Saturday, 22 November 2014

Digging for Troy

Archaeologists are proud to call a spade a spade (and not a hand-operated, steel tipped, wooden handled soil interface device) and covert those hand-operated, steel tipped, wooden handled soil interface devices that slice well, slice deep into the earth, never giving them up to the inexperienced practitioner.

One such digging tool has just sold for a quite incredible $6,250 in the USA, not because of its excellent soil-slicing properties (although I'm sure it has those in...ahem...spades) but because of its erstwhile literary connections. 

The spade was once briefly owned by playwright George Bernard Shaw, who used it to plant a mulberry tree on his 80th birthday in 1936.
Later it was presented to the author Ray Bradbury as a Christmas gift.

Bradbury, a huge fan of Shaw, was apparently so delighted in taking possession of the artefact, that he wrote a poem to commemorate the event. As so few poems are ever written about the act of digging (and as the Press, in their wisdom, published only a few lines), it is perhaps worth setting it down in full:
I hold the dear spade in my hands,
Its vibrant lightnings strike and move along my arms,
The ghost of Shaw climbs up through me
I feel a fiery brambling of chin
I feel my spine
Stand straight as if a lightning bolt had struck
His old voice whispers in my ear, dear boy
Find Troy, go on, dig deep, find Troy, find Troy!
But where, I cry, but where, but where?
Why there, good lad, there there, ah, there
Electric goes his fingers. I quake, start
The old man's ghost is pointing at my heart
Can that be true, how deep, how long the digging, can it be true?
Good grief, shut up, says Shaw, grab hold, fall to!
He steps back in the dust, down in the shade,
And I stand, Christmas morn, with ancient spade,
Great Shaw the First is gone, is dead?
His son stands here, Excalibured,
And crowned my head.
I love the enthusiasm with which Bradbury eulogises both playwright and spade, as if the power of the former fully inhabitants the garden implement. I can understand his feelings. Many years ago I came in possession of a small set of digging equipment previously owned, and used, by Eric Holden and John Pull, pioneering Sussex amateur archaeologists and I well recall the tingling sense that, in holding the pick, shovel and spades, I was in some way connecting directly with both the personalities of the fieldworkers and the sites they had investigated.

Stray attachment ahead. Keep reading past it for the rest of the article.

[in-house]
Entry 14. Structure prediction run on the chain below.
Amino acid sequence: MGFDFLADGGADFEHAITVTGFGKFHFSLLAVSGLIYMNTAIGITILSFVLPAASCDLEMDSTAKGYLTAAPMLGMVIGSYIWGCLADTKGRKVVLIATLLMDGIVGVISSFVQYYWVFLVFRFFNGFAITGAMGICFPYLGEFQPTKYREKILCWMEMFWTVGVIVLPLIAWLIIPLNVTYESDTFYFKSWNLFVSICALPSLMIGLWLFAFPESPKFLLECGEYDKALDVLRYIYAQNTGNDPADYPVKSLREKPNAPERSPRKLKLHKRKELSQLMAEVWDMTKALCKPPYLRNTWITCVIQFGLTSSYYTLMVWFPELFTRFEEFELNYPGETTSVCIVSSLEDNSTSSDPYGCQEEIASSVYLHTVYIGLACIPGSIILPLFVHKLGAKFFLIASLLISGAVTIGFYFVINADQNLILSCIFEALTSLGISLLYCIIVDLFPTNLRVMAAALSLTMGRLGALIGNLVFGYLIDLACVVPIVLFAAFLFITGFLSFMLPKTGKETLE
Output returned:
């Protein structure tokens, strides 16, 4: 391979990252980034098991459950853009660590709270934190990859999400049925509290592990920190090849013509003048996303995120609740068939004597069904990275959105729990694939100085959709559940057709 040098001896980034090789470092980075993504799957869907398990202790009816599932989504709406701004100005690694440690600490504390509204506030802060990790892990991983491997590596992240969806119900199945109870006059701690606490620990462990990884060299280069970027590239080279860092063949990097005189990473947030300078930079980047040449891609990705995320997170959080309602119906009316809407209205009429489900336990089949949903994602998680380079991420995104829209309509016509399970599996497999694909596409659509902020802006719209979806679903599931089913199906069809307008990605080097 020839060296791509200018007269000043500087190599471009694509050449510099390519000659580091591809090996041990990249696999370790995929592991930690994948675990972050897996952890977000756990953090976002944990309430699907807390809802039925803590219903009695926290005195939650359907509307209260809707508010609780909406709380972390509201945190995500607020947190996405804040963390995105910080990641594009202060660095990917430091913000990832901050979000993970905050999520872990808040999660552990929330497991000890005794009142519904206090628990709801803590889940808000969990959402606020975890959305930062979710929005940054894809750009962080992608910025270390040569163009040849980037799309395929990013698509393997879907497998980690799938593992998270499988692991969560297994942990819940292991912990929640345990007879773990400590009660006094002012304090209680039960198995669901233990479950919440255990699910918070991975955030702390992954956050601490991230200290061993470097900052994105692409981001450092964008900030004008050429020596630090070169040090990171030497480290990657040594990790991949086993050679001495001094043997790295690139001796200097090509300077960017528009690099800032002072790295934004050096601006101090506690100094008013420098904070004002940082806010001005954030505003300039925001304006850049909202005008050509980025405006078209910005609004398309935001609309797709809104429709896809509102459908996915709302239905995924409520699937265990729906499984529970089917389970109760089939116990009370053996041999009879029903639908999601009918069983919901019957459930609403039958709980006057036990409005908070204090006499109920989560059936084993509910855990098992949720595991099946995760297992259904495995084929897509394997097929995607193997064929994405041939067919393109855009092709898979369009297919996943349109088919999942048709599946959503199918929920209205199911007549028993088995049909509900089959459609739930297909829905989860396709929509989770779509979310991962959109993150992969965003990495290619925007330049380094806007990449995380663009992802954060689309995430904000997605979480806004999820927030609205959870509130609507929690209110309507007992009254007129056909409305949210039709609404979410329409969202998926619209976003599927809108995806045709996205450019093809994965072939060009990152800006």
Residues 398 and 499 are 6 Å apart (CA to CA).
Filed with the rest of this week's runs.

I also love Bradbury's sense of emulating Heinrich Scliemann in attempting to find Troy. Recalling the epic trenches cut by hand at the direction of that great German antiquarian explorer in the early 1870s through the Turkish site of Hissarlik, in which over 250,000 cubic meters of soil was displaced by 200 workmen using horse carts, wheel barrows and a small rail track over a 3 year period, I expect that it would have taken the author quite some time to replicate Schliemann's efforts.

Still I admire his courage and, thinking about it, 'Go on, dig deep, find Troy, find Troy' sounds like it may well become the site motto for next year's summer fieldwork project.
Although finding an ancient Trojan city in the middle of the Dorset countryside may prove quite a task.


  1. I thought the site motto was "never forget never forgive" or has it changed now?

    1. Hi, yes, nearly.

      It has been 'Never Forgive, Never Forget, Never For Fun' for a while, but many visitors to the dig have (quite rightly) questioned just how morale boosting such a sentiment really is....(probably not at all). It's actually liberally plagiarised from a 2000 AD story 'Nemesis the Warlock' and is one of the 'jolly' sayings (as far as I recall - it was some time ago) of Torquemada, Grand Master of Termight. Anyway, to cut a (very) long story short, it replaced the (rather less happy-go-lucky) motto "There ain't no Justice - There's Just Us" taken from an early Prog of 2000 AD (I think it was a piece of spray paint vandalism from a Perp involved in one of the many Block Wars of Mega-City One when fighting Dredd and the Justice Department - again memory fades...)...anyway I digress...

      Any new ideas for inspiring Site mottos gratefully received!

    2. How about the Douglas Adams quote you use as a header? I agree with him that there's nothing more useless than a bored archaeologist!

    3. How about TO LEARN IS TO CHANGE?

    4. How about 'death is only the beginning': my favourite quote from the Mummy

  2. I think you might also struggle to find the depth of stratified archaeology as is present at Troy in the fine county of Dorset.

    The spade looks just about brand new, but is that soil I see still clinging to the bottom edge of the spade from when Mr Shaw planted his tree?

    1. Quite - the depth of soil overburden in Dorset rarely exceeds 20cm, so finding somewhere with 20 metres (or more) may, as you note, prove a bit of a struggle (and I would certainly not wish to machine dig to that sort of depth). Mind you, Mark Roberts once observed that 'One man's natural is another man's topsoil' when digging Boxgrove Palaeolithic site (which lay some considerable depth beneath Boxgrove Iron Age and Roman site)....although how that relates to a buried Trojan city I don't know (in retrospect I don't think it does...scrub that line of conversation!).

      You may also be right about the soil on the end of the spade. I don't know whether the good Mr Bradbury ever used (or cleaned) said digging tool. Perhaps, if he realised the last person to use it was Shaw (or one of Shaw's gardeners) then he may never have taken the dirt off, thus providing another link to the great man.

      The plot, as they say, thickens....